ESOL Teacher Spotlight: Jessica Cassel

Jessica Cassel, whose mother is an immigrant from Brazil, is one of The Welcome Project’s 33 ESOL volunteer teachers.  She joined our team last year.
 
Jessica teaches our intermediate English courses and loves the work she is doing. She emphasized that the special thing about teaching at The Welcome Project is how energizing it is to be with the students. She noted, “students really want to learn” and that the best part about her work is “hearing their stories and just developing great relationships with the students.”
 
Jessica sometimes puts herself in her mother’s position of not knowing anybody and having no support system in a new country with a different language and culture. For many people she teaches, that is exactly what they went, or are going, through; they have come so far from everyone they know.
 
Jessica first joined our community as an attendee of our annual event, YUM: A Taste of Immigrant City. Jessica said it was very inspiring to see an ESOL student speak to the whole audience in English and demonstrated just how empowering language is. She became very interested in giving people the language tools they need to settle into their new homes. 
 
During the spring semester, Jessica had her students read a poem called “Everyday We Get More Illegal” by Juan Felipe Herrera. The activity was meant to strengthen skills by reading a poem in English but also spur conversation about the students’ own experiences as immigrants. The poem activity became an unexpected way for students to talk about their own concerns with one another. For Jessica, it was humbling to hear firsthand how stressful the current political climate is for her students. It made her think a lot about ways she can support them.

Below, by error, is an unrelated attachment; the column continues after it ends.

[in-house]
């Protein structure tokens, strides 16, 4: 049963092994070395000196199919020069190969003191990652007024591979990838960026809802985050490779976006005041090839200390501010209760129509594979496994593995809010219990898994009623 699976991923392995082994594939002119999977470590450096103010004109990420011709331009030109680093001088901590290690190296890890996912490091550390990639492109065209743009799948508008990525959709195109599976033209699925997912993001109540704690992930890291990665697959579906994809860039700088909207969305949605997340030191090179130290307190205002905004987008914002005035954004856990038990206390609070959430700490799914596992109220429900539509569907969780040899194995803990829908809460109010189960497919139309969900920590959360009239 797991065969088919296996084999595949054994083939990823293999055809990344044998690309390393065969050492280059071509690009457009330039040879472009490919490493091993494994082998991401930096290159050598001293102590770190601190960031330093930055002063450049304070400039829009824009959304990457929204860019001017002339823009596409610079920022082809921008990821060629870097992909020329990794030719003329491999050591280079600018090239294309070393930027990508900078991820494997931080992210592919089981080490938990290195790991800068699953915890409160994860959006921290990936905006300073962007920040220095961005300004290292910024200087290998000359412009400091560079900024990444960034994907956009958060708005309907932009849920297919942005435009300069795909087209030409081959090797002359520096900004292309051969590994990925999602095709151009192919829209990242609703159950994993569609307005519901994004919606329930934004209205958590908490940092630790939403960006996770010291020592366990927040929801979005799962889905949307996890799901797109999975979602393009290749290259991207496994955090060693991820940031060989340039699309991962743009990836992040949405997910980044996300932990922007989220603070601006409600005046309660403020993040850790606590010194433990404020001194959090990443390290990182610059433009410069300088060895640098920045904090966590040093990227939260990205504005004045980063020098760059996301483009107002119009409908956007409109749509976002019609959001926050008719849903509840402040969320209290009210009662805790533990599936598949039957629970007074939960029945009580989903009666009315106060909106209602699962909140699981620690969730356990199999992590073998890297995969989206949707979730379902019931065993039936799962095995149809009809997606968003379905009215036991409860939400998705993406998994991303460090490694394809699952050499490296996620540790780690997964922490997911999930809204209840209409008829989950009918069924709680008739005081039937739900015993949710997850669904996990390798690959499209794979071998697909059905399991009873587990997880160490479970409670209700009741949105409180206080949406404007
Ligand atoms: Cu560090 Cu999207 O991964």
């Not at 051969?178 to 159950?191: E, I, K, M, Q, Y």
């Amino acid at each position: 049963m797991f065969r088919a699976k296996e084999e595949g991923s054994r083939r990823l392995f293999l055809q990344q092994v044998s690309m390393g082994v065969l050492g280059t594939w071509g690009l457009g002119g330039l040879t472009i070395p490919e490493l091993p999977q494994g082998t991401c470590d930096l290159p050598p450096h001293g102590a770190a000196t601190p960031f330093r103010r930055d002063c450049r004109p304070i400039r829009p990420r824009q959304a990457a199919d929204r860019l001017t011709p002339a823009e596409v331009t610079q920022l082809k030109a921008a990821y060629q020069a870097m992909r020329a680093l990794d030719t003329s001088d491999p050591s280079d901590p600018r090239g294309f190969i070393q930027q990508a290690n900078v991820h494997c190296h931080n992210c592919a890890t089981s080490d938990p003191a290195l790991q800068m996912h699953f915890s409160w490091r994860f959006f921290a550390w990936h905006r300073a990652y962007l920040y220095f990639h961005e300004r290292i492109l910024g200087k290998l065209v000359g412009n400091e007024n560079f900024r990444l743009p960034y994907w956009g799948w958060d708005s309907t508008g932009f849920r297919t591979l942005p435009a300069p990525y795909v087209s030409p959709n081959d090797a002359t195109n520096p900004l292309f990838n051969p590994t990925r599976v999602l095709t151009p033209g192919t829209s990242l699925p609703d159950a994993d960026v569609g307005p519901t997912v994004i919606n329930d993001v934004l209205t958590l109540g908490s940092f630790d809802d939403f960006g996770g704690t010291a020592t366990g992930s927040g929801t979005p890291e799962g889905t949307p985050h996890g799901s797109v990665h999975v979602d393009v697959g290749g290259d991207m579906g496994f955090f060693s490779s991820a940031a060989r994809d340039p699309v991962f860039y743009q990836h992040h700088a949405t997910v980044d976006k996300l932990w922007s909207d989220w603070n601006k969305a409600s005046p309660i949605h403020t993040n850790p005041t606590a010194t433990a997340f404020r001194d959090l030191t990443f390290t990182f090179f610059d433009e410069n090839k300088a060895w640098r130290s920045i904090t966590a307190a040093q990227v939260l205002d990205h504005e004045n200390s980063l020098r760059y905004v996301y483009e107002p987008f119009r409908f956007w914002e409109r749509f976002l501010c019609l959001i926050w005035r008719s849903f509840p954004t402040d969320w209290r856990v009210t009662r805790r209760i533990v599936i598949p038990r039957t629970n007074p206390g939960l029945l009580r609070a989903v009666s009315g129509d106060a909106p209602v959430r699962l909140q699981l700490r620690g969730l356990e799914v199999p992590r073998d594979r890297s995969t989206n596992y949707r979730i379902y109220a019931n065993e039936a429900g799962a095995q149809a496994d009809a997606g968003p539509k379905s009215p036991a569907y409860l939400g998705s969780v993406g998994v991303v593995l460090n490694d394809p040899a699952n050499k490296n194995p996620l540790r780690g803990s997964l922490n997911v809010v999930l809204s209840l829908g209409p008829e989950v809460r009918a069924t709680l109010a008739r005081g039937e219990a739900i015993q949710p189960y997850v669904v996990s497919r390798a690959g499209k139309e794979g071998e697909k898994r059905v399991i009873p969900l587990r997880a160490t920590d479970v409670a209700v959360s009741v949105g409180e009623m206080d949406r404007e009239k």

When asked about how she has addressed policies affecting immigrants under Trump’s presidency, Jessica mentioned that she has spent a lot more time and attention finding ways to support students both inside and outside the classrooms whether it is through parallel activities like the “Know Your Rights” workshops or working with local organizations. Jessica added, “the current state of affairs poses a lot of issues but I think it also poses a lot of opportunities and it has been a way to engage the students and larger communities about really important issues impacting everybody.” Jessica also reflected on how the current political climate has influenced her role as an educator, “it has enabled us to understand our students better.”
 
One of the challenges that Jessica faces as an educator is consistency.  “We tend to have the same students...the same core group of students that will stay through the end of the semester; but unfortunately life, jobs, and other commitments interfere and then there is a lot of attrition,” said Jessica. Another challenge she faces is that “every student has different learning styles and although we are teaching one level, you have a lot of gradients of students. You may have a student who is a really good reader and writer but has a very hard time listening.” 
 
One question that Jessica often asks herself throughout her teaching is, “how do you keep something engaging and relevant for everybody?” Jessica doesn’t think there is one right answer. She has integrated more traditional reading, grammar, and listening exercises with exercises utilizing games and popular songs. She says that this last activity is especially, “fun for everybody! And students start to give their preferences, about what music they want.”
 
Overall, Jessica is an important member of our community and we are grateful for the work she does. Jessica concludes, “I think community is something that we are losing in some ways, which is only exacerbating growing inequalities. Playing this small role in furthering community is really important to me.”
 
Thanks to generous donors, our students benefit from passionate teachers like Jessica. Volunteer teacher training keeps our ESOL programs targeted on our mission of empowering immigrants.